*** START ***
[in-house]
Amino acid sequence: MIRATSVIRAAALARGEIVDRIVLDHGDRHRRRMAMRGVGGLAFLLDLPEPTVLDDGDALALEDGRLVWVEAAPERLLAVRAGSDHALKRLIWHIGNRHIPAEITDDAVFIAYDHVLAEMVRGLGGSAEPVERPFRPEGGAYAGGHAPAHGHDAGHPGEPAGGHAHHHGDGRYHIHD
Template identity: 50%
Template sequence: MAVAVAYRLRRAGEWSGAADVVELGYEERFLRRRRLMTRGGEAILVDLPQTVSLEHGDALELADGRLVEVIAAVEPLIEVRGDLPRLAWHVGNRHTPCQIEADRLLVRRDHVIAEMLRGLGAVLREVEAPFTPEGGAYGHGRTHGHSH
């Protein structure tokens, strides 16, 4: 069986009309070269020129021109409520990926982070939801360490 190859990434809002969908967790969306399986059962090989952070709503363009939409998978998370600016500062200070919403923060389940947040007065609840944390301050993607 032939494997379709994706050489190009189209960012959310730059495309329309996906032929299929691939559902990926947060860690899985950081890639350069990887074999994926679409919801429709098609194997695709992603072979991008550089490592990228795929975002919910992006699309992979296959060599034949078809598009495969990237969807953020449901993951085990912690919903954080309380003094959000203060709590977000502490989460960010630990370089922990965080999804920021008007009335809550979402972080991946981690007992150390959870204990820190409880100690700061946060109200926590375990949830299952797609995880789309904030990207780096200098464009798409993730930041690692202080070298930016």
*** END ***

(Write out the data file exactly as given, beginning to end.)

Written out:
[in-house]
Amino acid sequence: MIRATSVIRAAALARGEIVDRIVLDHGDRHRRRMAMRGVGGLAFLLDLPEPTVLDDGDALALEDGRLVWVEAAPERLLAVRAGSDHALKRLIWHIGNRHIPAEITDDAVFIAYDHVLAEMVRGLGGSAEPVERPFRPEGGAYAGGHAPAHGHDAGHPGEPAGGHAHHHGDGRYHIHD
Template identity: 50%
Template sequence: MAVAVAYRLRRAGEWSGAADVVELGYEERFLRRRRLMTRGGEAILVDLPQTVSLEHGDALELADGRLVEVIAAVEPLIEVRGDLPRLAWHVGNRHTPCQIEADRLLVRRDHVIAEMLRGLGAVLREVEAPFTPEGGAYGHGRTHGHSH
């Protein structure tokens, strides 16, 4: 069986009309070269020129021109409520990926982070939801360490 190859990434809002969908967790969306399986059962090989952070709503363009939409998978998370600016500062200070919403923060389940947040007065609840944390301050993607 032939494997379709994706050489190009189209960012959310730059495309329309996906032929299929691939559902990926947060860690899985950081890639350069990887074999994926679409919801429709098609194997695709992603072979991008550089490592990228795929975002919910992006699309992979296959060599034949078809598009495969990237969807953020449901993951085990912690919903954080309380003094959000203060709590977000502490989460960010630990370089922990965080999804920021008007009335809550979402972080991946981690007992150390959870204990820190409880100690700061946060109200926590375990949830299952797609995880789309904030990207780096200098464009798409993730930041690692202080070298930016």